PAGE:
Opening Doors, Creating Places of Welcome, and the Mystery of Love

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By Sister Kathleen Erickson

Central to Catherine McAuley’s legacy are convents, hospitals, schools, homes for women, orphanages and other places of welcome created in Mercy over time. I invite you to join me in reflection about how the world has changed since 1827, when Baggot Street was opened and the community was young and expanding.  Let’s assume Catherine’s presence with us in this reflection.

As we celebrate Mercy Day in 2021, many concerns throughout the world break our hearts and sap our energy. Take time to name some of those for yourself. Doesn’t it feel like we live in a time of extremes?

We see that climate disasters and violence have resulted in an estimated 82.4 million displaced people on the planet, people too often met with hostility rather than open doors. How do we, with fewer members, respond—both as individuals and as a community letting go of institutions, rather than creating them? And we ARE responding! 

Community members are visiting immigrants in detention, providing accompaniment and legal assistance in immigration courts, fundraising for legal fees and founding as well as supporting organizations welcoming immigrants and refugees. Many serve as volunteers in shelters, meeting practical needs as well as sharing tears and laughter with the despairing.  

Advocacy manifests in weekly witnesses on street corners and outside Immigration and Customs Enforcement (ICE) facilities with signs reminding the public that families are still separated, children are still in detention and countries still close borders to those who seek asylum. We contact elected officials and write letters to the editor to bring attention to U.S. policies that contribute to the suffering in Honduras, Afghanistan, Haiti and other countries.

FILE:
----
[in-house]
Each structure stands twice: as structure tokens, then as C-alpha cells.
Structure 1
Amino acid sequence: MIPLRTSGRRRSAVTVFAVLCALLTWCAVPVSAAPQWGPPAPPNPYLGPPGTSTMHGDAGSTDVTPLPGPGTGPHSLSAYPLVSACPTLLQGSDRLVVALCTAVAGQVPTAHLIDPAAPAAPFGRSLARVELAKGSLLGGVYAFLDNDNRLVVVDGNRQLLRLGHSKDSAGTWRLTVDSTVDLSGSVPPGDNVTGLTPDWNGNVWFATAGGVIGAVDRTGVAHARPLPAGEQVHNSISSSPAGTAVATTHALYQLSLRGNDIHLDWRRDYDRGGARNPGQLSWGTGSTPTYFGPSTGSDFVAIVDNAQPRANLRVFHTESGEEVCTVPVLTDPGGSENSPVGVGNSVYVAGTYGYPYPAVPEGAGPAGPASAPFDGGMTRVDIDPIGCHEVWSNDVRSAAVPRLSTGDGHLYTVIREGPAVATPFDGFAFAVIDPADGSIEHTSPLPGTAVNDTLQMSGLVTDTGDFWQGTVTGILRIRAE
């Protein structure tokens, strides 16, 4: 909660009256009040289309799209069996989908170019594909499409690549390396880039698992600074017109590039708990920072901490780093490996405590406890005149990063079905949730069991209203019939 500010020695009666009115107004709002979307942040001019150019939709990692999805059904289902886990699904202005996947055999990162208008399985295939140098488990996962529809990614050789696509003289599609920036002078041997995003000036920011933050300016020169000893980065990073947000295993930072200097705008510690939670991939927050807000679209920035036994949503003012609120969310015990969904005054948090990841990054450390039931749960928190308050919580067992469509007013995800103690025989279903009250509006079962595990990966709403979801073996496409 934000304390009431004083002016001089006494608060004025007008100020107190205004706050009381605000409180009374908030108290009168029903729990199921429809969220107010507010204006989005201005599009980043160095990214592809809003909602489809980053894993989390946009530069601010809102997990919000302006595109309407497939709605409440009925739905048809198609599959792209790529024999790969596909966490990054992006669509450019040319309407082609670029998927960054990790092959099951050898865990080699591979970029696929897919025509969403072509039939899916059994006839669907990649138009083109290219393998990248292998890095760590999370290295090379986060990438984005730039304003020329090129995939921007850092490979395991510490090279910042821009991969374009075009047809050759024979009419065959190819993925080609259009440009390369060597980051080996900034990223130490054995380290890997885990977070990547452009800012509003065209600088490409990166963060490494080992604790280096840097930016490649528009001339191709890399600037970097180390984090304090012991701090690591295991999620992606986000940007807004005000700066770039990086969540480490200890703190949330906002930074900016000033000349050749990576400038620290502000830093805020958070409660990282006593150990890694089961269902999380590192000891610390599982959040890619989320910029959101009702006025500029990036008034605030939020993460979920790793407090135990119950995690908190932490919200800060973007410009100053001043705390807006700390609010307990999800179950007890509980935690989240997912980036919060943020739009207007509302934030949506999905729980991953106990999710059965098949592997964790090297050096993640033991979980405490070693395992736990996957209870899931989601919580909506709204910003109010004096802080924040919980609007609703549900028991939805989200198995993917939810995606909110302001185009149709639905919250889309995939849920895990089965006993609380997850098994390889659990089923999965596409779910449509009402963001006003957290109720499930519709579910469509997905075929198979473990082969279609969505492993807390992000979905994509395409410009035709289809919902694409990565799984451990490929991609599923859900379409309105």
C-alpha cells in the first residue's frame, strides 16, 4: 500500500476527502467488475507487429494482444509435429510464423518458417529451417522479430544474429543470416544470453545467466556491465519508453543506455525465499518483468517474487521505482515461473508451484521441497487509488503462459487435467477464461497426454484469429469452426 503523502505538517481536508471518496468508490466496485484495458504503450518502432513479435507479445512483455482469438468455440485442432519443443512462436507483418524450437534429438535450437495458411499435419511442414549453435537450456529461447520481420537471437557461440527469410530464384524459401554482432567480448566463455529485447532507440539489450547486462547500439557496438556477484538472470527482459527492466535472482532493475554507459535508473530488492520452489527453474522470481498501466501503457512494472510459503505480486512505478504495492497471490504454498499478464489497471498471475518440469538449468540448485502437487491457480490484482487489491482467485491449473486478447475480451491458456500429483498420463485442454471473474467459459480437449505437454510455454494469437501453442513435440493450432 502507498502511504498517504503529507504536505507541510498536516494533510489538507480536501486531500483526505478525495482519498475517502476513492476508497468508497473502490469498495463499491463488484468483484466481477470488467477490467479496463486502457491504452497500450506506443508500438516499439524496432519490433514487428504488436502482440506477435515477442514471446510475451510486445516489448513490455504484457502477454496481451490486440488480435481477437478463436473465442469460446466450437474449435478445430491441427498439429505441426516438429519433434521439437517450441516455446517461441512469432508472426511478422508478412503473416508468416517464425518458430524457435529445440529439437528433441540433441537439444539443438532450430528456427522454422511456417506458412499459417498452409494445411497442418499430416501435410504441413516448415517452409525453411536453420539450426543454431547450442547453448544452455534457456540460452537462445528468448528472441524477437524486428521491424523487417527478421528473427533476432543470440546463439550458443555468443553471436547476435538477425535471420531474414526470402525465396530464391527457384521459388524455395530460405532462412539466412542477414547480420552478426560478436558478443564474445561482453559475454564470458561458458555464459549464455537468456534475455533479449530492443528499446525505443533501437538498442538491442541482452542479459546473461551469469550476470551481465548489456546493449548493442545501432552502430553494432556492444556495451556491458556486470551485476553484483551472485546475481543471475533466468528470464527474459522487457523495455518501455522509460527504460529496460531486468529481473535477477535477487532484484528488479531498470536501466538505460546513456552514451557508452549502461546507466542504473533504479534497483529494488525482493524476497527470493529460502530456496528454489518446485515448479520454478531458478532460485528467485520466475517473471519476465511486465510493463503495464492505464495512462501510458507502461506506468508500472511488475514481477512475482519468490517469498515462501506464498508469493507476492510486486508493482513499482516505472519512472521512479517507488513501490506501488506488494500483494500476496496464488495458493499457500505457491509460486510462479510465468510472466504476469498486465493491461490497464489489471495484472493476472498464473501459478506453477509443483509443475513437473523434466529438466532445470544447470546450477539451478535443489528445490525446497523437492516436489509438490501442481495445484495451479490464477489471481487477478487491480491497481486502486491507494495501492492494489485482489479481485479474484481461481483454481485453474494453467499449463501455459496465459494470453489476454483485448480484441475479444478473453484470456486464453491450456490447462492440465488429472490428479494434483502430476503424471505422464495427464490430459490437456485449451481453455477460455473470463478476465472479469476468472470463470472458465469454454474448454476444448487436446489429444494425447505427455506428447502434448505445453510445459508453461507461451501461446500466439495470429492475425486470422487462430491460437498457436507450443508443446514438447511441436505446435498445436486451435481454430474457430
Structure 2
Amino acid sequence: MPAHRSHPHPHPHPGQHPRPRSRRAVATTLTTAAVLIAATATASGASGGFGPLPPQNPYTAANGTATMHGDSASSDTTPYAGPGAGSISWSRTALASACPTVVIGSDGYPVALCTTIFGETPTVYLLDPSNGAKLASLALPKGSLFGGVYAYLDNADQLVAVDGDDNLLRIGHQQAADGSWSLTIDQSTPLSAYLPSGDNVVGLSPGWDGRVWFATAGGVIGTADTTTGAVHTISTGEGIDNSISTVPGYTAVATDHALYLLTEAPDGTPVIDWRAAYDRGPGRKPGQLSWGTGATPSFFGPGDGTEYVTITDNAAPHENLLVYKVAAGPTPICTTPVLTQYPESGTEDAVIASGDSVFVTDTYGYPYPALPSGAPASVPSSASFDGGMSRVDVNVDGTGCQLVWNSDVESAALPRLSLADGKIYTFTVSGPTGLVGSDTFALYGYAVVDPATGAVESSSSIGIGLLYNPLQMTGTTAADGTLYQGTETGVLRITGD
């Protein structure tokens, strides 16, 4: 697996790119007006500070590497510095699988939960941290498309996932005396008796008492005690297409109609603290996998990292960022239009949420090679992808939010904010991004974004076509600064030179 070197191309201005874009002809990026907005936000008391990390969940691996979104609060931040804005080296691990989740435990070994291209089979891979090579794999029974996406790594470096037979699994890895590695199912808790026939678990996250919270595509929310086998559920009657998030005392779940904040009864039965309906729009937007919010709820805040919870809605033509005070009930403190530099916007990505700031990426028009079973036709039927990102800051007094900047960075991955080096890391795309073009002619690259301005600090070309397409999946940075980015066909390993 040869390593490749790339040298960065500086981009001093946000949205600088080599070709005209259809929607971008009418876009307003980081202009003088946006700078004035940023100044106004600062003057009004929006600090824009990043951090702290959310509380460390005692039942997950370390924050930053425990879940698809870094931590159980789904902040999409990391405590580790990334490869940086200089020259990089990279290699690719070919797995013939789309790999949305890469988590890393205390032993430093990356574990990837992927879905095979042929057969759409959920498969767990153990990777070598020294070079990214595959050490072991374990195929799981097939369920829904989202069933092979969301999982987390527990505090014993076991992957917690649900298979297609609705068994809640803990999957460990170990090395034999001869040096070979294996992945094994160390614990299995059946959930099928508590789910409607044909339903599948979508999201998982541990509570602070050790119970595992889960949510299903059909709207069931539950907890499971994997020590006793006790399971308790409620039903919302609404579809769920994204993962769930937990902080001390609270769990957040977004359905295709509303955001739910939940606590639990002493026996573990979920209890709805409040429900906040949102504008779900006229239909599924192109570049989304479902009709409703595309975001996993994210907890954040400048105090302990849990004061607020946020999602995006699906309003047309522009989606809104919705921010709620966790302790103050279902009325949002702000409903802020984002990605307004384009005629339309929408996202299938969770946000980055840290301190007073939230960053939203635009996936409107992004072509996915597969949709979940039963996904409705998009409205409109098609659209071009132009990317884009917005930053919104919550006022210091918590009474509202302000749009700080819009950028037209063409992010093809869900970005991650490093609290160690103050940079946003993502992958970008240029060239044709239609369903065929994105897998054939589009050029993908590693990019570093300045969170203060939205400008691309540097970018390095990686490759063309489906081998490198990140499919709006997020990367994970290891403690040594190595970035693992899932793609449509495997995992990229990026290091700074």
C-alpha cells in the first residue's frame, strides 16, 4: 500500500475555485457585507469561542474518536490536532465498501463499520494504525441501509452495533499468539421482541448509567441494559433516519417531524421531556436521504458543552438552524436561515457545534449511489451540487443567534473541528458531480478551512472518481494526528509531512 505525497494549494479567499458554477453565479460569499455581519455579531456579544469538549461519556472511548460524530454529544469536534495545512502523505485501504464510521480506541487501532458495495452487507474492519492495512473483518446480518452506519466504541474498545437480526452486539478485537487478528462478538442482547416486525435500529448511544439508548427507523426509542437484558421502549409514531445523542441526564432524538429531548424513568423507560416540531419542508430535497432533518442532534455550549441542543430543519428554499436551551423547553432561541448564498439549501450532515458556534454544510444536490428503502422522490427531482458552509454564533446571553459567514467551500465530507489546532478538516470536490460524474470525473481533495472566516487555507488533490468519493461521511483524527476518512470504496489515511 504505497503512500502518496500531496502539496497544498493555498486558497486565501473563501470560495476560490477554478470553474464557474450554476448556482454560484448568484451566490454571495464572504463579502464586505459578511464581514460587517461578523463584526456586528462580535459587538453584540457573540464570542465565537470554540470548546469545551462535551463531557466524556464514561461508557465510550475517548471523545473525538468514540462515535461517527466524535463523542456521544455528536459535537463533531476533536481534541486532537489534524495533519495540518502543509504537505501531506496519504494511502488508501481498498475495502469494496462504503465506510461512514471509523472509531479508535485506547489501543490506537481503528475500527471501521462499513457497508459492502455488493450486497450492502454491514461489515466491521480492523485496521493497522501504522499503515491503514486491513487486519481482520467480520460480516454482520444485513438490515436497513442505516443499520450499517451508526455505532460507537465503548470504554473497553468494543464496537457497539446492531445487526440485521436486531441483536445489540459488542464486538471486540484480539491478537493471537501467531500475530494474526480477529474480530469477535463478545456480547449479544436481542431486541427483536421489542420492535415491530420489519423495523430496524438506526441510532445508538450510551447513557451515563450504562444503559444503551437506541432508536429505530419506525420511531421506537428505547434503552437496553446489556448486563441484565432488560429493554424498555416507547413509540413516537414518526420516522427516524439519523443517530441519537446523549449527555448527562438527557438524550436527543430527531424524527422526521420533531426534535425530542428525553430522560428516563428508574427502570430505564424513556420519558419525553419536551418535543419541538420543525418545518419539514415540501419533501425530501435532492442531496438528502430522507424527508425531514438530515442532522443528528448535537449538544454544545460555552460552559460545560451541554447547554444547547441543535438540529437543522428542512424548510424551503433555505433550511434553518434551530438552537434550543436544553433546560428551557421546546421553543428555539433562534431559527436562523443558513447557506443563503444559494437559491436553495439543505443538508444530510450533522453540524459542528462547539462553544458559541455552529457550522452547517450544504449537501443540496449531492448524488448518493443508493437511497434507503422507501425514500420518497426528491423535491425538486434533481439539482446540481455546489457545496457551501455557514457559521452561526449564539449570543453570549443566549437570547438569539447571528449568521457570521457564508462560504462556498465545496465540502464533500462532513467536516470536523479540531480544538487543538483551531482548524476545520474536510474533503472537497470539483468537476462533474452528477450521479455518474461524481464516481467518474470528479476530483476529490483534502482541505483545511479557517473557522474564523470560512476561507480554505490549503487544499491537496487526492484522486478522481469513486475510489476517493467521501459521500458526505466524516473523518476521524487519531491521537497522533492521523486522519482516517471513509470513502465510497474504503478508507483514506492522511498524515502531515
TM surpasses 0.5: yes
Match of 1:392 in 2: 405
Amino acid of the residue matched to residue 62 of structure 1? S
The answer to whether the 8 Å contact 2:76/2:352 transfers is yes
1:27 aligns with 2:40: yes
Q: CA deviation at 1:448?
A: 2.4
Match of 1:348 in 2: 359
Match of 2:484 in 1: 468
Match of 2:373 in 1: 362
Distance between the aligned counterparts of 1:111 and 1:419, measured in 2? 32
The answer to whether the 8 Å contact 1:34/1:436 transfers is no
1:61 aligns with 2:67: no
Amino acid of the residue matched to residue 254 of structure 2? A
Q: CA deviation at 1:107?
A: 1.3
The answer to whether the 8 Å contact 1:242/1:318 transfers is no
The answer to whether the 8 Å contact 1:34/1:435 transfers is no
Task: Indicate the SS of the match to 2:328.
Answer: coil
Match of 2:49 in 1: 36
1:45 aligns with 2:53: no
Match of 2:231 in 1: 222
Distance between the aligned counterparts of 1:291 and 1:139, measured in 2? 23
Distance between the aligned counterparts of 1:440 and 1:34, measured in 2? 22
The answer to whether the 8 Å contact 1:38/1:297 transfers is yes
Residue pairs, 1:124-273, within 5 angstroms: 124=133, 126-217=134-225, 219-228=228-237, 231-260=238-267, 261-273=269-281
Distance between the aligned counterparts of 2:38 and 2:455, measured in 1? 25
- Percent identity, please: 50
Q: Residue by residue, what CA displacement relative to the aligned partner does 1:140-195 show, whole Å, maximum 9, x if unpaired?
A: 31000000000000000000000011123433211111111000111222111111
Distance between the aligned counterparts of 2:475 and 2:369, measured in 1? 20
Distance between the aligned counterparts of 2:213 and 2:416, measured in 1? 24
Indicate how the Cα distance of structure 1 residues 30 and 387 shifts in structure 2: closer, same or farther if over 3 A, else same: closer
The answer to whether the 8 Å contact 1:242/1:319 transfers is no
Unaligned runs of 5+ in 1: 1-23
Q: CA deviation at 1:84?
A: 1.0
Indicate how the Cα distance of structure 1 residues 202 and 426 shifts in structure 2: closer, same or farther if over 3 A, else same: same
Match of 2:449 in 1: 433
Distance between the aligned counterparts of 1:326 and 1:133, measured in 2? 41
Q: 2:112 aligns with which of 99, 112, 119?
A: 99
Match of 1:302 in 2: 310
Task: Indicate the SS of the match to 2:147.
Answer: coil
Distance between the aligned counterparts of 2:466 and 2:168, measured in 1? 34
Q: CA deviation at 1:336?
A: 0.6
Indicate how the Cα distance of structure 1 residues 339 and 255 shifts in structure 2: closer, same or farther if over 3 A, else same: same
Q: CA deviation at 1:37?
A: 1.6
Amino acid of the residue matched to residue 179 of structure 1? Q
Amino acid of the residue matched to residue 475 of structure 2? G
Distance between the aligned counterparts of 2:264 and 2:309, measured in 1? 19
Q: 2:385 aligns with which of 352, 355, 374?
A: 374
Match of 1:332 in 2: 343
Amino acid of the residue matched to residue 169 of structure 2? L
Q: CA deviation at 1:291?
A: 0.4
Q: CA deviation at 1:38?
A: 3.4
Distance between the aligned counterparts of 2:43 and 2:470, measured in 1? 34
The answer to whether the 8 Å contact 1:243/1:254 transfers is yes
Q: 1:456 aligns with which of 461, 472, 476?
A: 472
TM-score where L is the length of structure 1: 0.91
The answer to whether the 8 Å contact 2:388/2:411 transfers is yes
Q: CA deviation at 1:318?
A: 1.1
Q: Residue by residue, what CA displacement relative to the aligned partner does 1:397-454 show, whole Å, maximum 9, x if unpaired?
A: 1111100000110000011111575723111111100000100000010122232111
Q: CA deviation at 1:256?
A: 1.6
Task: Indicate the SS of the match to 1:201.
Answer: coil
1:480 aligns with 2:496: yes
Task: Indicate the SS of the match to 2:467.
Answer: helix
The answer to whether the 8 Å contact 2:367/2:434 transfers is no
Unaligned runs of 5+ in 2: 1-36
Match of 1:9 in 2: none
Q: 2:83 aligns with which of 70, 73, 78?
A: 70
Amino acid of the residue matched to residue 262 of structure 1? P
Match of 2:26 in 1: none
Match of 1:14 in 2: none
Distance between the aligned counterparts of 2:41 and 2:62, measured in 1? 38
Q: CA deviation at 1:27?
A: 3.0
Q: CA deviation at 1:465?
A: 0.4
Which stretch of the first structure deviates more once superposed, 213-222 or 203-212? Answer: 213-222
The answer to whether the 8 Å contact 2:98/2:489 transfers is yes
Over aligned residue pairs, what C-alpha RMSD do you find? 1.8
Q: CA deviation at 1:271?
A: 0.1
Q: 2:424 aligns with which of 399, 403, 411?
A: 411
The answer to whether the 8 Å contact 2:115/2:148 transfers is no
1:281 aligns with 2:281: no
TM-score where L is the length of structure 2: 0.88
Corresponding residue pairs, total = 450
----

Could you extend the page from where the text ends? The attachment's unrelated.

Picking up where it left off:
I grieve each time a sister tells me she feels useless since she can no longer “do anything” to help. Truthfully, we could all feel our efforts are small, even pointless in the face of so much suffering. 

Breathe deeply. If it feels like we live in a time of extreme hatred and polarization, are we not called to counter that with extreme love, the recognition that there is no “they,” that we are all one? We know that Catherine McAuley lived that realization, and that prayer was her first priority, never an afterthought. Our growing understanding that prayerful reflection nurtures the interconnectedness of everything may be a gift of these turbulent times.   

Author Barbara Holmes says: “Love is the greatest mystery of all. Not love as a warm and fuzzy feeling, but love as the animating force that holds us together. If we believe that we are loved just as we are and that everything else is equally loved, we unveil a cosmic reality that is life-giving and a Christ-like reality that affirms the goodness of all creation…” 

Maybe she didn’t articulate it in the words of today’s theologians, but I think central to Catherine McAuley’s legacy is trust in love as the greatest mystery of all. And I believe it is OUR work to intentionally explore that mystery and continue to insist on open doors, and to BE a welcoming presence in our troubled world.   

Happy Mercy Day.

As I struggled with this writing, a friend reminded me of the “Mercy Readings” section of the Mercy Prayer book (pages 876–958). It is well worth exploring to strengthen an understanding of Catherine McAuley’s spirituality.